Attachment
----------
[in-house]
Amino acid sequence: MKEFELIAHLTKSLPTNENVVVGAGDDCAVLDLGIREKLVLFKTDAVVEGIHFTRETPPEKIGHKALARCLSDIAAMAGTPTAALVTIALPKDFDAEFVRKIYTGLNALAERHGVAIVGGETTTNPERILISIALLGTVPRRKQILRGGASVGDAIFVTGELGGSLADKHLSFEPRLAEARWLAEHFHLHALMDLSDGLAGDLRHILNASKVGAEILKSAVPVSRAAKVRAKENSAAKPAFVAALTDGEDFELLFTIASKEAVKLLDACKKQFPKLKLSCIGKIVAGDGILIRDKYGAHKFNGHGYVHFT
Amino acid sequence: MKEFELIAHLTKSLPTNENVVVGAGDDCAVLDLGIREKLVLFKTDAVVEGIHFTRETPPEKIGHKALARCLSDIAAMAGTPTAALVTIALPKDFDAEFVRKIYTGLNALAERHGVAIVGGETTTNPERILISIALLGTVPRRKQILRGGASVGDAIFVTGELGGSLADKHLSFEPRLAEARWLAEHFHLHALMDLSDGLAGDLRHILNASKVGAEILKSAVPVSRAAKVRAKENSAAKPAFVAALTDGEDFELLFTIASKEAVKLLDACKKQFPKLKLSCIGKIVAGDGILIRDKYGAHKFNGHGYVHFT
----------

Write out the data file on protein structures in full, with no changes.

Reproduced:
[in-house]
Amino acid sequence: MKEFELIAHLTKSLPTNENVVVGAGDDCAVLDLGIREKLVLFKTDAVVEGIHFTRETPPEKIGHKALARCLSDIAAMAGTPTAALVTIALPKDFDAEFVRKIYTGLNALAERHGVAIVGGETTTNPERILISIALLGTVPRRKQILRGGASVGDAIFVTGELGGSLADKHLSFEPRLAEARWLAEHFHLHALMDLSDGLAGDLRHILNASKVGAEILKSAVPVSRAAKVRAKENSAAKPAFVAALTDGEDFELLFTIASKEAVKLLDACKKQFPKLKLSCIGKIVAGDGILIRDKYGAHKFNGHGYVHFT
Amino acid sequence: MKEFELIAHLTKSLPTNENVVVGAGDDCAVLDLGIREKLVLFKTDAVVEGIHFTRETPPEKIGHKALARCLSDIAAMAGTPTAALVTIALPKDFDAEFVRKIYTGLNALAERHGVAIVGGETTTNPERILISIALLGTVPRRKQILRGGASVGDAIFVTGELGGSLADKHLSFEPRLAEARWLAEHFHLHALMDLSDGLAGDLRHILNASKVGAEILKSAVPVSRAAKVRAKENSAAKPAFVAALTDGEDFELLFTIASKEAVKLLDACKKQFPKLKLSCIGKIVAGDGILIRDKYGAHKFNGHGYVHFT